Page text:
On the mountain slopes orchids are found in great profusion.
Orchids are among the common flowers.
The orchids may be taken as offering fair types of the Japanese artists ideal in all art work.
The observations of Darwin as to the fertilization of orchids, Primula, Linum and Lythrum, and other plants, and the part which insects take in this function, gave an explanation of the observations of Christian Konrad Sprengel, made at the close of the 18th century, and opened up a new phase in the study of botany, which has been followed by Hermann Miller, Federico Delphic) and others, and more recently by Paul Knuth.
Effective pollination may also occur between flowers of different species, or occasionally, as in the case of several orchids, of different genera - this is known as hybridization.
Darwin's works on dimorphic flowers and the fertilization of orchids gave powerful support to this statement.
Then, there are the mangrove-fringed coasts and the dripping wooded slopes where rare orchids thrive, and above these, on the inland side of the sierra, a treeless, sun-scorched table-land where only the cactus, yucca, and other coarse vegetation of the desert can thrive without irrigation.
Sometimes the twisting of a part makes a change in the position of other parts, as in Orchids, where the twisting of the ovary changes the position of the labellum.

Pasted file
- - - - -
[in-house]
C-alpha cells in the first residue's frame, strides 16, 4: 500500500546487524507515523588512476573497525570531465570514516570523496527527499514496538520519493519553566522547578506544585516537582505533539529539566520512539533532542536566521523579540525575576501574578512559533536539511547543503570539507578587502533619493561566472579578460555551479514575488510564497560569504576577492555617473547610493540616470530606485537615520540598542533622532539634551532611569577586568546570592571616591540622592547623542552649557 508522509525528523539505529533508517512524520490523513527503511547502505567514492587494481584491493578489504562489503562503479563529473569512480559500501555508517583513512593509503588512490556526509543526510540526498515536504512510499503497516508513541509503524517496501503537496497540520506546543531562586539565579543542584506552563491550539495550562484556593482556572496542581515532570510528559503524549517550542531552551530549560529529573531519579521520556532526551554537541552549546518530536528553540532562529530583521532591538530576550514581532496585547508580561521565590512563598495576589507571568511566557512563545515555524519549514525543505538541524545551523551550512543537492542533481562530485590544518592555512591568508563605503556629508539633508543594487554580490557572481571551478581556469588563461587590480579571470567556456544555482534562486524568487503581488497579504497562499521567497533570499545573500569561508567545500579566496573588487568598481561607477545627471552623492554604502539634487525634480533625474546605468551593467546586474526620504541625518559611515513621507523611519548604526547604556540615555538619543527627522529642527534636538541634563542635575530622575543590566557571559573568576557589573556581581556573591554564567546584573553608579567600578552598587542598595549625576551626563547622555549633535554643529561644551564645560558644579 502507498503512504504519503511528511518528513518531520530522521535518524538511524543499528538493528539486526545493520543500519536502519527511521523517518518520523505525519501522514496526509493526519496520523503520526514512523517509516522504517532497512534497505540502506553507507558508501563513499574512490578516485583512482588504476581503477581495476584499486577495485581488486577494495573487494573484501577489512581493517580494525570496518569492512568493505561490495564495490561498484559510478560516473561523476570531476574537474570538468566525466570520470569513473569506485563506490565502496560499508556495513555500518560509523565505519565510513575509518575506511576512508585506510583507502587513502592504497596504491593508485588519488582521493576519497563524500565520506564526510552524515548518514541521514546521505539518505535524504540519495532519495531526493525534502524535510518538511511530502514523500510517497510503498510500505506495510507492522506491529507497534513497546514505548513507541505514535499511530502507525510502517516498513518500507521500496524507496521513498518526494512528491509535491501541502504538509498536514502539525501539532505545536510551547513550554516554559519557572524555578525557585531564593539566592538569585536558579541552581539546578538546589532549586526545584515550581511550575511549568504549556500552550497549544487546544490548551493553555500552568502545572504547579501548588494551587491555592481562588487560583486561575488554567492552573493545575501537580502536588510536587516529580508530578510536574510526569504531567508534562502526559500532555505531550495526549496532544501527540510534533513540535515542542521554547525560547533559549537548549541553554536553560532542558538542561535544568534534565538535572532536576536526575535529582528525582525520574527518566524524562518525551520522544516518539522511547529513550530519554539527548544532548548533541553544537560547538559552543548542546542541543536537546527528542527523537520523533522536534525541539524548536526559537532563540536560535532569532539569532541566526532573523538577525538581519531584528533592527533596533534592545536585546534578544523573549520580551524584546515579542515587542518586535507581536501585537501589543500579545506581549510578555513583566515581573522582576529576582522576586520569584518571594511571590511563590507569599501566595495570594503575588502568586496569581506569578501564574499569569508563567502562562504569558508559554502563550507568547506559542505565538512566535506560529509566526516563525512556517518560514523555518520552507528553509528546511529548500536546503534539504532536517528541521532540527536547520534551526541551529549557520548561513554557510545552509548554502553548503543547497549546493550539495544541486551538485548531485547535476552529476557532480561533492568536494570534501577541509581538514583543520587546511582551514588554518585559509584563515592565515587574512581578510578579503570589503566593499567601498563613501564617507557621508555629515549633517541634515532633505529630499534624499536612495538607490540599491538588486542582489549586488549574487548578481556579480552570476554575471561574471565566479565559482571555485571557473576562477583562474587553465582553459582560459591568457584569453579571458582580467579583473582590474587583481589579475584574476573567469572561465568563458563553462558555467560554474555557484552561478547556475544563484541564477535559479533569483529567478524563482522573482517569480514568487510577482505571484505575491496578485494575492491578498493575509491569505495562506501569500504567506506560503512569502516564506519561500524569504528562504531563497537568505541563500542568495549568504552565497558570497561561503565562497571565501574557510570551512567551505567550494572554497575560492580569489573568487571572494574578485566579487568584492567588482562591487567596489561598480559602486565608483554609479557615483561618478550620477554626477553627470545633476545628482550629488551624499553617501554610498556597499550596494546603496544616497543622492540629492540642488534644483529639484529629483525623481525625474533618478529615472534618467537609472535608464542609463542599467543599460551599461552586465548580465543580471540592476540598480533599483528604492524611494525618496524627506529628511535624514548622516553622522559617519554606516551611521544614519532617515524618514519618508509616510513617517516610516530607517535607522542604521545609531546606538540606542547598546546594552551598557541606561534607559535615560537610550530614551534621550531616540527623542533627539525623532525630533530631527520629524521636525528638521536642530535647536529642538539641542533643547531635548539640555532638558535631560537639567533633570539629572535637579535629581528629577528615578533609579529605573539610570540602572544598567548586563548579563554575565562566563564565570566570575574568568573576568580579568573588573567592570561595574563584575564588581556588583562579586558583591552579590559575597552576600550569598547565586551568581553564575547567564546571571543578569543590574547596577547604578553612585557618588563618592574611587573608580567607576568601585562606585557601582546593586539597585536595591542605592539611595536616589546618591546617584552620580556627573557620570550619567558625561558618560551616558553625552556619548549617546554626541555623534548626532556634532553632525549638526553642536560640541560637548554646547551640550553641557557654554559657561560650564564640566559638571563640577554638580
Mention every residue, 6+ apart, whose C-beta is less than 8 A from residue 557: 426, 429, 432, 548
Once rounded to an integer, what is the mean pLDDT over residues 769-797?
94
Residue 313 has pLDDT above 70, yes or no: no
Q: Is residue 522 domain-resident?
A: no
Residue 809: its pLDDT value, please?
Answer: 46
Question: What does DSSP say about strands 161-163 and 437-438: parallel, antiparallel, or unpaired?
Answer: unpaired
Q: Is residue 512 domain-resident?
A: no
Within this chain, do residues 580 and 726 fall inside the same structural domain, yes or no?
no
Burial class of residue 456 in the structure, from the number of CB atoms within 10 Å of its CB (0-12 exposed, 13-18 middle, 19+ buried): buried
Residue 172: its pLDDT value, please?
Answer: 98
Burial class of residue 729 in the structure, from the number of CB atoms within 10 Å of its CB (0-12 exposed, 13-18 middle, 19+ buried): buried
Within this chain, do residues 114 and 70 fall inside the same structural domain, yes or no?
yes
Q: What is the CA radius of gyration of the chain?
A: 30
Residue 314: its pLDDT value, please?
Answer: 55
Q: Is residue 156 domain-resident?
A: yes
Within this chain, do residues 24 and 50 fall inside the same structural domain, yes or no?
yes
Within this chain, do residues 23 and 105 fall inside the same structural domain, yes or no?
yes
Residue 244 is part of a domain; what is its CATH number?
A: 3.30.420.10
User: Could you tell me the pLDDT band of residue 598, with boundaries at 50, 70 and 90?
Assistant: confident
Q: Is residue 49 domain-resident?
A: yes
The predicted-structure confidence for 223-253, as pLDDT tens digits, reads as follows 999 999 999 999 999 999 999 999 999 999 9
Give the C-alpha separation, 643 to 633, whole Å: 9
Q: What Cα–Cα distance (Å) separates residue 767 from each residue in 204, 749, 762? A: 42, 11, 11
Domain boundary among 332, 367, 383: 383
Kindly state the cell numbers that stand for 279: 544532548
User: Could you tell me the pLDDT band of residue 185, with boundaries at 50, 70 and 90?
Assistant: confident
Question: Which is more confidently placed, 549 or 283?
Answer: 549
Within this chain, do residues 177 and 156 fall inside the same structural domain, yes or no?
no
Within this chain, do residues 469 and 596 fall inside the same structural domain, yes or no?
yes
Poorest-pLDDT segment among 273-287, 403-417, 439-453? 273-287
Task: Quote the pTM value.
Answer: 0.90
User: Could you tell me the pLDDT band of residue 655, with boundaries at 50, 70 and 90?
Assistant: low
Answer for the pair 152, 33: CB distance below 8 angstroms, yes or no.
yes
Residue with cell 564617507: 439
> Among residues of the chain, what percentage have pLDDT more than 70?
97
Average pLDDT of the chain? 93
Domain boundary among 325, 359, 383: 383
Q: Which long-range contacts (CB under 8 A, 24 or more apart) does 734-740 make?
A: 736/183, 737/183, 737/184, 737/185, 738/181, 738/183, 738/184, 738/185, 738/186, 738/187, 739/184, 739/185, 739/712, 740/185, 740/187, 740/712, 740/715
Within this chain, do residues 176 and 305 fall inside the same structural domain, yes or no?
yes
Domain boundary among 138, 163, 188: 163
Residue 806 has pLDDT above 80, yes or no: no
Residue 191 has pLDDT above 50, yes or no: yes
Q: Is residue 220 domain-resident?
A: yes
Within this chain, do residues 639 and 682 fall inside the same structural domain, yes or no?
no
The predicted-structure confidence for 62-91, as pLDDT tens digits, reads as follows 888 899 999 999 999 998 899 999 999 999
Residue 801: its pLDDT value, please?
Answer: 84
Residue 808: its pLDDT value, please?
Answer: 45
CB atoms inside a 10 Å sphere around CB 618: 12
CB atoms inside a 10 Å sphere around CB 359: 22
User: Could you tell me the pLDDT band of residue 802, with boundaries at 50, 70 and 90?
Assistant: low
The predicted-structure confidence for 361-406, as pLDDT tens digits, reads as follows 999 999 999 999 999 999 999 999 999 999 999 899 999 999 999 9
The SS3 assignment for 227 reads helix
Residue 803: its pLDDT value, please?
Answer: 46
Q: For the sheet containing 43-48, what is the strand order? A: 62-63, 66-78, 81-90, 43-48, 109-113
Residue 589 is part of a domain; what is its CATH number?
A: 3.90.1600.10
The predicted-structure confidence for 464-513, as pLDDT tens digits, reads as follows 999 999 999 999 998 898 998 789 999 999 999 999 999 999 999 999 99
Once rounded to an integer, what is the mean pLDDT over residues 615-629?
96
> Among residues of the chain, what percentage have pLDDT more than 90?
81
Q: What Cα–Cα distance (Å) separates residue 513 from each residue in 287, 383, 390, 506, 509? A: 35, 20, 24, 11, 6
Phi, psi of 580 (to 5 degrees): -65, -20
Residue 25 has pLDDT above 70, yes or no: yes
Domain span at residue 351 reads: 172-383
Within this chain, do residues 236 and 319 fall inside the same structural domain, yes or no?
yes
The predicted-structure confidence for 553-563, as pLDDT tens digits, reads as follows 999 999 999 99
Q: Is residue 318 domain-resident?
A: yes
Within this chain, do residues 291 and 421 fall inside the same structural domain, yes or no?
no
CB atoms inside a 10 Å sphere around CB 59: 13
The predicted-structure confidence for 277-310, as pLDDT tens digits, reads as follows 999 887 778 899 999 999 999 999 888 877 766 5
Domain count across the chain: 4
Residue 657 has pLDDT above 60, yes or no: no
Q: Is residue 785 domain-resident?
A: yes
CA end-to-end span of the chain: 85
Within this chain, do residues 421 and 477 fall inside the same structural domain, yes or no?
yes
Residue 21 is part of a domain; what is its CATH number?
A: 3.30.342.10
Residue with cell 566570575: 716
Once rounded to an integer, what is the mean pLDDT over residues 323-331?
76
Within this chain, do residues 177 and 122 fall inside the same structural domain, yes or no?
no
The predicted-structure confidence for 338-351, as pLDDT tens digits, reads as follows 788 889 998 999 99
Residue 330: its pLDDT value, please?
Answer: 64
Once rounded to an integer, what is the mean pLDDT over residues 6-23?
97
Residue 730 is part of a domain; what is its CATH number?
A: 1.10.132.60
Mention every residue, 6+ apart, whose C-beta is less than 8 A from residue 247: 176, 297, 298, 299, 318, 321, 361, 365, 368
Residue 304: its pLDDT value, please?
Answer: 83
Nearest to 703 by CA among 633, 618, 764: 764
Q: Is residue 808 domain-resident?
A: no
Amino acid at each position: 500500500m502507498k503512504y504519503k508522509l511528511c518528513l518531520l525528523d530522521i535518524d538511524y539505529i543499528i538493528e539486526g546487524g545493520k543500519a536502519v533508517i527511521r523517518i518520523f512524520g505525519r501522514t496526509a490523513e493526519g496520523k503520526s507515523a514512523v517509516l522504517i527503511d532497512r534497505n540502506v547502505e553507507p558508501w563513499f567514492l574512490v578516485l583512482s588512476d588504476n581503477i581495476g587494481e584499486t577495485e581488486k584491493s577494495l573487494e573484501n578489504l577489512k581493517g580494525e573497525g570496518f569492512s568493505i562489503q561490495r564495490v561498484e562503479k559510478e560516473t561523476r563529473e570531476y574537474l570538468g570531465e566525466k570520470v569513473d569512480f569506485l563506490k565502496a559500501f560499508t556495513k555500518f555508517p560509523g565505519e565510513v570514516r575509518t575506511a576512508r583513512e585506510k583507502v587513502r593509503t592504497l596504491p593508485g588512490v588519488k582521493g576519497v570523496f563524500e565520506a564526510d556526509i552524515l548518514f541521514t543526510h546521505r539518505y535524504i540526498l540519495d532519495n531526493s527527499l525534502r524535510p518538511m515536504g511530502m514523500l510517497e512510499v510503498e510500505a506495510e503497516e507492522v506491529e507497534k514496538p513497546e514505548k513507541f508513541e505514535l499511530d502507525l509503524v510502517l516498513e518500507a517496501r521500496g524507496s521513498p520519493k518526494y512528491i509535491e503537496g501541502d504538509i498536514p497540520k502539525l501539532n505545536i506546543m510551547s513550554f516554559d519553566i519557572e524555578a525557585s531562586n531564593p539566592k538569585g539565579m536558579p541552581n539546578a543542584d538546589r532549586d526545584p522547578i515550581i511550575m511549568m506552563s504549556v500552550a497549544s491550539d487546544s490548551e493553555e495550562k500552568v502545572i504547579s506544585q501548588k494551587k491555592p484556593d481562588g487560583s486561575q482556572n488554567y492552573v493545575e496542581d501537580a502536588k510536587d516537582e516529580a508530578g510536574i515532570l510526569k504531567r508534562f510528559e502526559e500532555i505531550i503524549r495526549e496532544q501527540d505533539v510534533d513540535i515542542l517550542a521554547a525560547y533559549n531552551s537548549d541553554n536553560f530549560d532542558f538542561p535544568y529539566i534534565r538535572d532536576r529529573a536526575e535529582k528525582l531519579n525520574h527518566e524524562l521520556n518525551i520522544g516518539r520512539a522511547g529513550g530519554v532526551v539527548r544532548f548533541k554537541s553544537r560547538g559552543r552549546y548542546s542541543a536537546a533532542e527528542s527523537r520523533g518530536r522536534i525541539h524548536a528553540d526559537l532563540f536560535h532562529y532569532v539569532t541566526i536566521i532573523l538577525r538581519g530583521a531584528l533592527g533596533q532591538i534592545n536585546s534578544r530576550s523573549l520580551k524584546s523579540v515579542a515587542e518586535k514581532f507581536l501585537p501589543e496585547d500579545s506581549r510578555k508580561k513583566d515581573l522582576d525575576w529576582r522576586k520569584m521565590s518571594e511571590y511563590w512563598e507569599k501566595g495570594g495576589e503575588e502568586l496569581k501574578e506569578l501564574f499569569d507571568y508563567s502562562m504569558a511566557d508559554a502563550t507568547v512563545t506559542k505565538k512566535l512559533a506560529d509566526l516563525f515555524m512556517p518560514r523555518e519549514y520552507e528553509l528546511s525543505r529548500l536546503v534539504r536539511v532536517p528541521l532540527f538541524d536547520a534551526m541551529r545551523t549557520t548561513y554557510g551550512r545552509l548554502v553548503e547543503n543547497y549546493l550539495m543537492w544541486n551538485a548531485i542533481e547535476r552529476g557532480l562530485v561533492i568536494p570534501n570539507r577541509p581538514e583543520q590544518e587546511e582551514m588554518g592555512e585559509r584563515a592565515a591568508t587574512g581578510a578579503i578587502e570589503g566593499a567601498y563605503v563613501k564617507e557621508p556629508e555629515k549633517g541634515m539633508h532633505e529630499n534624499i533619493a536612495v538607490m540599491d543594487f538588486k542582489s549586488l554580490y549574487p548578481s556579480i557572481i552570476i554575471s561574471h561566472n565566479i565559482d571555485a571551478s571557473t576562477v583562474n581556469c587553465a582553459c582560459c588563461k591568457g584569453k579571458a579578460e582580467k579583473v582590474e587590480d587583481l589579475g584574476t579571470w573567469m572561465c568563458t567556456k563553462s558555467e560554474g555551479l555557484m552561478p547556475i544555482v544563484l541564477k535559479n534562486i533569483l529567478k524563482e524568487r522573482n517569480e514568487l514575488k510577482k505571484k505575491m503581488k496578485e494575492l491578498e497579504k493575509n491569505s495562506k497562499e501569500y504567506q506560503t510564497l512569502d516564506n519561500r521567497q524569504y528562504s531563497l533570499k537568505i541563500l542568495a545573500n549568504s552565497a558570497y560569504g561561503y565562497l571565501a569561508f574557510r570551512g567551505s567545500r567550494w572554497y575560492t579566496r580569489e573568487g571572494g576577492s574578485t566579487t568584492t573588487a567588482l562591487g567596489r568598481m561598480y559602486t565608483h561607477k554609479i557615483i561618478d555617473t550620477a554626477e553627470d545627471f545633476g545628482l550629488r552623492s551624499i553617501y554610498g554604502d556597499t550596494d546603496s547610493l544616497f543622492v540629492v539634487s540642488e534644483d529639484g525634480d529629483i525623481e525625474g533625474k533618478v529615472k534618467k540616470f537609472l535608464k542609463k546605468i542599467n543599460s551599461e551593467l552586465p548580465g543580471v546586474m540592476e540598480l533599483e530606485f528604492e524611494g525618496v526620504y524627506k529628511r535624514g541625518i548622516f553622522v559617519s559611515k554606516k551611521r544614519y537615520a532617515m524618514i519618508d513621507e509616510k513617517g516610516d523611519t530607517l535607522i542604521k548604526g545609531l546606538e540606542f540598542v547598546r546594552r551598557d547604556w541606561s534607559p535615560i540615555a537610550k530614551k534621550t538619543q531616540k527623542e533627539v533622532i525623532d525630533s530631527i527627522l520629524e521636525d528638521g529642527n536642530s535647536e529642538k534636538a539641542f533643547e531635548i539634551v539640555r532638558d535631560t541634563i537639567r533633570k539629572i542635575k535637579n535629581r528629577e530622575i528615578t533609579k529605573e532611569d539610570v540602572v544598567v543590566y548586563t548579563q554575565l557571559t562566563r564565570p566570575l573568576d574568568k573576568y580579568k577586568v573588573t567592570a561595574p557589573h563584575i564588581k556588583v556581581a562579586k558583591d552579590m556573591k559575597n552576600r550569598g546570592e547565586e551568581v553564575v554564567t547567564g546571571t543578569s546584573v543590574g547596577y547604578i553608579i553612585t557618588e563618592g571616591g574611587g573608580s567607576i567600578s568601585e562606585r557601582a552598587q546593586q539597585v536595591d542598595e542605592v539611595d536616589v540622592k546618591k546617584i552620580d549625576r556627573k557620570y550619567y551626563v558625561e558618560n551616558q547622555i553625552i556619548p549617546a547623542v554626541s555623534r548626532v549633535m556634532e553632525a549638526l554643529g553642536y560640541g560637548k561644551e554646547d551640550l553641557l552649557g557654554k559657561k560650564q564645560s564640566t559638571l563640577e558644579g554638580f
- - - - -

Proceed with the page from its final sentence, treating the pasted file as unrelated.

Adhesion is well seen in the gynostemium of orchids, where the stamens and stigmas adhere.
In some corollas the two lips become hollowed out in a remarkable manner, as in calceolaria, assuming a slipper-like appearance, similar to what occurs in the labellum of some orchids, as Cypripedium.
In orchids each of the pollen-masses has a prolongation or stalk (caudicle) which adheres to a prolongation at the base of the anther (rostellum) by means of a viscid gland (retinaculum) which is either naked or covered.
The term clinandrium is sometimes applied to the part of the column in orchids where the stamens are situated.
In some orchids, as Cypripedium, the pollen has its ordinary character of separate grains.
Colvillia racemosa, with yellow flowers; Astrapaea Wallichii, striking attention from its abundant flowers; and species of Cryptostegia, a purple-flowered creeper, and Strongylodon, another creeper with cream-coloured blossoms. Among attractive plants are species of Hibiscus, Euphorbia, Buddleia, Ixora, Kitchingia, Clematis, &c. On the east coast two orchids, species of Angraecum, with large white waxy flowers, one with an extraordinarily long spur or nectary, attract the attention of every traveller during June and July by their abundance and beauty.
As late as the year 1900 Mr Albert Millican, while collecting orchids on the Opon river, a tributary of the Magdalena between Bogota and the Caribbean coast, was attacked by hostile Indians, and one of his companions was killed by a poisoned arrow.
The imports include wheat flour, rice, barley, prepared foods, sugar, coal, kerosene, beer, wines and liquors, railway equipment, machinery and general hardware, fence wire, cotton and other textiles, drugs, lumber, cement, paper, &c., while the exports comprise coffee, bananas, hides and skins, tobacco, precious metals, rubber, cabinet woods, divi-divi, dye-woods, vegetable ivory, Panama hats, orchids, vanilla, &c.
Orchids and aloes are common.
Other ferns, Scitamineae, orchids and climbing Aroideae are very numerous, the last named profusely adorning the forests with their splendid dark-green foliage.